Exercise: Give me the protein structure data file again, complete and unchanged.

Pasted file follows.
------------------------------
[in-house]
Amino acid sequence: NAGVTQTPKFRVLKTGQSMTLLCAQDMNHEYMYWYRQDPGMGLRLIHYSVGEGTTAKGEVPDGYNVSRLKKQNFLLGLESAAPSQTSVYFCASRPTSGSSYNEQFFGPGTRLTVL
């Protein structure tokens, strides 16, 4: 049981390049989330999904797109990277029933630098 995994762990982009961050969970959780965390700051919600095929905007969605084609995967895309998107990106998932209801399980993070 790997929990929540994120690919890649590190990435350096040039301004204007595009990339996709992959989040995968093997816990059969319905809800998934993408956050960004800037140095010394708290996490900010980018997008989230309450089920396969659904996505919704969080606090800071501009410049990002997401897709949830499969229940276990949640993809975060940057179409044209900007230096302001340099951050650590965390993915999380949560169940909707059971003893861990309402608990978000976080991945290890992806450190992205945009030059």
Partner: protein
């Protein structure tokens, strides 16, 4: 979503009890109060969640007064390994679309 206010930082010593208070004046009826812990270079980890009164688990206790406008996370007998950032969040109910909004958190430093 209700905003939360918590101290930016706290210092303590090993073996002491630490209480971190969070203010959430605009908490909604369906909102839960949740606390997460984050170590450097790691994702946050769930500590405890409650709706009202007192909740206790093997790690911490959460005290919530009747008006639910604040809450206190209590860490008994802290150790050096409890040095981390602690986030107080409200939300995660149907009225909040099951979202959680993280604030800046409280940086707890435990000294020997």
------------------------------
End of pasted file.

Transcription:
[in-house]
Amino acid sequence: NAGVTQTPKFRVLKTGQSMTLLCAQDMNHEYMYWYRQDPGMGLRLIHYSVGEGTTAKGEVPDGYNVSRLKKQNFLLGLESAAPSQTSVYFCASRPTSGSSYNEQFFGPGTRLTVL
């Protein structure tokens, strides 16, 4: 049981390049989330999904797109990277029933630098 995994762990982009961050969970959780965390700051919600095929905007969605084609995967895309998107990106998932209801399980993070 790997929990929540994120690919890649590190990435350096040039301004204007595009990339996709992959989040995968093997816990059969319905809800998934993408956050960004800037140095010394708290996490900010980018997008989230309450089920396969659904996505919704969080606090800071501009410049990002997401897709949830499969229940276990949640993809975060940057179409044209900007230096302001340099951050650590965390993915999380949560169940909707059971003893861990309402608990978000976080991945290890992806450190992205945009030059």
Partner: protein
């Protein structure tokens, strides 16, 4: 979503009890109060969640007064390994679309 206010930082010593208070004046009826812990270079980890009164688990206790406008996370007998950032969040109910909004958190430093 209700905003939360918590101290930016706290210092303590090993073996002491630490209480971190969070203010959430605009908490909604369906909102839960949740606390997460984050170590450097790691994702946050769930500590405890409650709706009202007192909740206790093997790690911490959460005290919530009747008006639910604040809450206190209590860490008994802290150790050096409890040095981390602690986030107080409200939300995660149907009225909040099951979202959680993280604030800046409280940086707890435990000294020997």